Tuesday, October 19

Pigs were reeling and other stories of the Galician fungus that gave rise to LSD

Alejandro did not walk forward, he did so on his back. Uncle Blas told his wife: “I already stay like this forever.” The pigs were reeling. “That bread made people drunk. That bread made people drunk”, remembers Antonio amused, “Your head hurt like wine.” He has just turned 99 years old and, together with his 96-year-old wife, he remembers in front of the camera. He recounts an event that occurred in his village of O Barco de Valdeorras, when a neighbor distributed a batch of empanadas made with rye. And the one of San Vito was armed, including pigs. The documentary film Black Purple, which was released in theaters on September 24, explains what happened: the cereal suffered from a fungus, the Claviceps purpurea, cornezuelo in Spanish and caruncho or grao de corvo in Galician. And it was hallucinogenic.

The history of ergot, the LSD of our grandmothers that laid the foundations of the Galician pharmaceutical industry

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So hallucinogenic that, in addition to the event in eastern Galicia, it was used by Dr. Albert Hoffman to produce LSD. His own voice tells it in a radio interview collected in the film by Sabela Iglesias and Adriana P. Villanueva –the directors, who sign as a collective Illa Bufarda. It was 1949 and Hoffman claimed that he had managed to “indicate the valid structure of the caruncho alkaloids” and, therefore, of LSD. And to make lysergic acid, initially for medical or even military use, he had used Portuguese ergot. It was a few years before the counterculture adopted it as a key to access parallel worlds and, nevertheless, in a corner of the Iberian Peninsula its use was common.

Black Purple, filmed with delicacy and a certain tenderness towards the materials treated, it is full of unusual, surprising, little-known stories. No voiceover, slow, a mosaic of voices with theremin music. Thus, a woman narrates how in the postwar period, while the Franco regime displayed its version of the State supported by American complacency, fixing ergot in the rye fields was a sensible contribution to family economies. “It was an important stage in the Galicia of the farmers,” he says. Pharmaceuticals knew its properties and paid for it. “After the Second World War, they began to come to the fairs asking about the caruncho,” he says, “and the children saw the sky. Because we had nothing.” They paid 1,250 pesetas (7.5 euros) per kilo, the same as what a calf cost then. “They said he was going to Germany.” Not just Germany.

Zeltia, the company founded in 1939 by the Lugo brothers Fernández López, knew that the dentex alkaloids – another of the Galician words to designate the Claviceps purpurea– they had enormous medical potential. Popular wisdom certified it. Midwives used it due to its oxytocic capacity, which produced the contraction of the uterus, and anti-hemorrhagic. In births and abortions. The Zeltia laboratories, populated by retaliated Republicans, managed to extract the ergometrine from it and created the successful Purpuripán. In the film it is explained by a former employee of the company, now disappeared but whose trace still exists in the industry, now based in Madrid. Gone are its beginnings, those that consign Black Purple: explore the Galician medicinal flora and turn it into legal tender. And commercial.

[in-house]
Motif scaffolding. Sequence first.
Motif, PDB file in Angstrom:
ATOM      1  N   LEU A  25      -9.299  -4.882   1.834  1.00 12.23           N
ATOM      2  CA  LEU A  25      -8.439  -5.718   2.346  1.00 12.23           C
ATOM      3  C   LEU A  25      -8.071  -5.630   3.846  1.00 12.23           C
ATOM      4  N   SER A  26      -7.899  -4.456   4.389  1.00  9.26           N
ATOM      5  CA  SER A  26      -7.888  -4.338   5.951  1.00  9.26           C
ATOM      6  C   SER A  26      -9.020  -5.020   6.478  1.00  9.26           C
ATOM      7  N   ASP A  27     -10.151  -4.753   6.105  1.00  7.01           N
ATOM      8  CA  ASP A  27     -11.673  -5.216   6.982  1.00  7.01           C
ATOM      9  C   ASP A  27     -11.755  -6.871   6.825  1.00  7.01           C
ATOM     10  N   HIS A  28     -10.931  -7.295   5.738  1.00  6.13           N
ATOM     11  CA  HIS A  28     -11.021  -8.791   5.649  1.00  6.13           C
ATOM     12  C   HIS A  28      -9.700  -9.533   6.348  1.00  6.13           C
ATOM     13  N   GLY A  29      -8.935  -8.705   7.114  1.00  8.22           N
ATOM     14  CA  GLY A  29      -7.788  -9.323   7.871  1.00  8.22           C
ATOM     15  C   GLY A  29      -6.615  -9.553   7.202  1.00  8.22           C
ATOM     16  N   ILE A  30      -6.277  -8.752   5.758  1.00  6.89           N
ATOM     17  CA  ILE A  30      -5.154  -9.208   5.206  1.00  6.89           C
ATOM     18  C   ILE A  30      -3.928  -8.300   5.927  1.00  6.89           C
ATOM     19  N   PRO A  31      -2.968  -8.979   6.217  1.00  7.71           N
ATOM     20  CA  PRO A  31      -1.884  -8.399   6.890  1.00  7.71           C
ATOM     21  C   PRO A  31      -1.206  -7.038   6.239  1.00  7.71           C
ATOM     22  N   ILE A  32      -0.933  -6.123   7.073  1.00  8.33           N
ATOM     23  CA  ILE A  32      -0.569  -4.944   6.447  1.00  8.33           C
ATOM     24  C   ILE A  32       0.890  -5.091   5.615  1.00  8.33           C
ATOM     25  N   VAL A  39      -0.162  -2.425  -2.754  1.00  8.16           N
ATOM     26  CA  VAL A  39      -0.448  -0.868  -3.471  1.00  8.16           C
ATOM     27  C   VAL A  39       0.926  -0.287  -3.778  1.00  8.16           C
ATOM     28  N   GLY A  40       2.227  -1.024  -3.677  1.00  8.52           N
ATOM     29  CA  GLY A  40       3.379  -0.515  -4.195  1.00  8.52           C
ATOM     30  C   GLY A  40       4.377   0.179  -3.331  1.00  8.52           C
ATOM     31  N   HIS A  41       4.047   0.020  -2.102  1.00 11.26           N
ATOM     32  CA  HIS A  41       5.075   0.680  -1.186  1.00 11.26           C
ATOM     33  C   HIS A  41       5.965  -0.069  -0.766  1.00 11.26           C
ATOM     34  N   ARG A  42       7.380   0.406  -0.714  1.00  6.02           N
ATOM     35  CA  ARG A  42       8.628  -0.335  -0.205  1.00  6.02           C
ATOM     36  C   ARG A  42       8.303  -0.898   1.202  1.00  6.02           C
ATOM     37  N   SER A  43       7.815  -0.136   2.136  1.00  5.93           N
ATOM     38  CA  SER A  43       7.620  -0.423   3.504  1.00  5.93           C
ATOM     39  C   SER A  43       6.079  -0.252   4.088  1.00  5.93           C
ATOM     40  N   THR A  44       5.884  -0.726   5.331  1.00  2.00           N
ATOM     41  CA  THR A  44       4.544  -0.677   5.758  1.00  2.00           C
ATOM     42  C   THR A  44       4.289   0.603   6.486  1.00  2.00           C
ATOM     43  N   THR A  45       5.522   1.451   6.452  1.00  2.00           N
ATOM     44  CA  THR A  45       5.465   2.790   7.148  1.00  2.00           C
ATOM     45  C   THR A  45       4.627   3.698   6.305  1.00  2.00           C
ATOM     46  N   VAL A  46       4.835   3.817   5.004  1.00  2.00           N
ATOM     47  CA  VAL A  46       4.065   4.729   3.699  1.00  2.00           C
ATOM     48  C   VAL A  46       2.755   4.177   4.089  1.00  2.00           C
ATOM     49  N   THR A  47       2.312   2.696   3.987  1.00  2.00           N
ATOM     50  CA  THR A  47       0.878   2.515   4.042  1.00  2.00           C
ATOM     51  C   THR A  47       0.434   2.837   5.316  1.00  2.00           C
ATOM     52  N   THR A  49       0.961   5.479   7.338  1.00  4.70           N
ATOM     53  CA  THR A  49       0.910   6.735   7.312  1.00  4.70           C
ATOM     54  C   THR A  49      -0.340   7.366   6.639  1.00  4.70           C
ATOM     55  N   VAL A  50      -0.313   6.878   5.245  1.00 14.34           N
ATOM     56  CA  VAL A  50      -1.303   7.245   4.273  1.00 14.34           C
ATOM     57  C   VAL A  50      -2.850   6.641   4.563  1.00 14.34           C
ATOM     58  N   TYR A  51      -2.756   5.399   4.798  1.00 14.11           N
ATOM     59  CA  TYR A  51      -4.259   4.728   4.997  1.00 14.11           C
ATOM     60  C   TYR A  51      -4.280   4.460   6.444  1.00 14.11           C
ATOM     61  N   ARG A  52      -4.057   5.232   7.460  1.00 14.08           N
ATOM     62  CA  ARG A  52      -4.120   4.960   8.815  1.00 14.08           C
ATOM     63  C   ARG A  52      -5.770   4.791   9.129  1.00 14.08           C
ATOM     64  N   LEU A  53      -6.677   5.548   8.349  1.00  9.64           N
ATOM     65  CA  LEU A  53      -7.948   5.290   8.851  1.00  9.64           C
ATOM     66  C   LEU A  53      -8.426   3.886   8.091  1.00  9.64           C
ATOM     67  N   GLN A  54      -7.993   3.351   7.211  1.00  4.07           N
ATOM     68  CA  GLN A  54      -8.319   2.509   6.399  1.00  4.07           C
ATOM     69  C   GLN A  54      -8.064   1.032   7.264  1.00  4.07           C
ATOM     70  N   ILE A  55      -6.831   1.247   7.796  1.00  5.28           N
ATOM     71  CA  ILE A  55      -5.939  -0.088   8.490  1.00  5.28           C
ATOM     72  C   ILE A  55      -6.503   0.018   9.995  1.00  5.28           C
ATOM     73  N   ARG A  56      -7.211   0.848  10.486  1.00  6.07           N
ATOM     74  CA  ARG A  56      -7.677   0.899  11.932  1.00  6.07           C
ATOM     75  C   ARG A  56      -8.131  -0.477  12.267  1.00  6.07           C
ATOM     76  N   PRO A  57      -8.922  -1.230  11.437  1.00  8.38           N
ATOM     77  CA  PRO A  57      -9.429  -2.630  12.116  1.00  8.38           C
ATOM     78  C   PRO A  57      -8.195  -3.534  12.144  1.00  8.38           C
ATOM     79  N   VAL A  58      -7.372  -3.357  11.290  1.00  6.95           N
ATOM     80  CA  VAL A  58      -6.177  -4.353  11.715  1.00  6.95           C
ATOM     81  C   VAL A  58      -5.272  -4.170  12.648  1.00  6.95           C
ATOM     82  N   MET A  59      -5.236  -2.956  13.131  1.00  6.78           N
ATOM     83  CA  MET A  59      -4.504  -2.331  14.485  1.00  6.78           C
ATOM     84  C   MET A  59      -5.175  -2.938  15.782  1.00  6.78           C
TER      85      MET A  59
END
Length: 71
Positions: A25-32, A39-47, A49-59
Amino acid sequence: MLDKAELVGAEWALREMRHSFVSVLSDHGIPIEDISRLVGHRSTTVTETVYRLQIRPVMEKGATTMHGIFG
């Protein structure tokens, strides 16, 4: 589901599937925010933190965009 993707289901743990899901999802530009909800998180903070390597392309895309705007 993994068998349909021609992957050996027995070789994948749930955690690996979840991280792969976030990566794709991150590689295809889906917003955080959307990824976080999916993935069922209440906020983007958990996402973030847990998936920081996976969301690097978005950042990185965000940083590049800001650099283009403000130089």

Plant tungsten and Eleusinian mysteries

There were those who spoke then of “vegetable tungsten”. Its commodification made it a coveted object. But it was not a recent invention. Neither of a last minute discovery. The ergot trail is lost in the mists of time. Medieval medicinal breviaries assign it to witchcraft practices. Professor Karlom López, from the botany department of the Faculty of Pharmacy of the University of Santiago de Compostela, has investigated this story and tells it on camera. Ingestion of the mushroom, he says, is related to St. Anthony’s fever or ergotism. It was not a joke. “This gangrenous disease caused massive deaths and amputations,” he says. And, in its convulsive version, hallucinations or arterial contractions: the dance of San Vito.

López travels to an even more remote past. Ergot serves, he adds, to understand the Eleusinian mysteries in ancient Greece. These initiation rites, organized in the city of Eleusis, near Athens, honored the goddesses Demeter –of agriculture– and Persephone –daughter of Demeter and Zeus and queen of the underworld. The ceremonies celebrated the return of life after winter and included wild dancing, profusion of obscenities and feasting. None of this was possible without drugs, of course. Modern scholars hold that the main one was the Claviceps purpurea. Eleusis was in an agricultural region, where the cultivation of cereals such as wheat and barley dominated. In which, although less than in rye, ergot also grows.

In the village of Antonio, in the Valdeorras area, they did not dedicate themselves to the Eleusinian mysteries. The neighbor who had baked the contaminated rye bread only wanted to return the help she had received while she was convalescing from an illness. But he hadn’t cleaned up the cereal. “The one who ate of that, was drunk”, says Antonio. And the pigs also made their psychedelic trip because, when the neighbors realized what was happening, they threw the leftovers to the animals. It was in 1936. Ergot fever only began to subside in the 1960s, when pharmaceutical companies were able to synthesize ergotamine in the laboratory.

Black Purple It can be seen in cinemas in A Coruña (Yelmo and Filmax), Santiago de Compostela (Numax), Lugo (As Termas) and Vigo (Yelmo).


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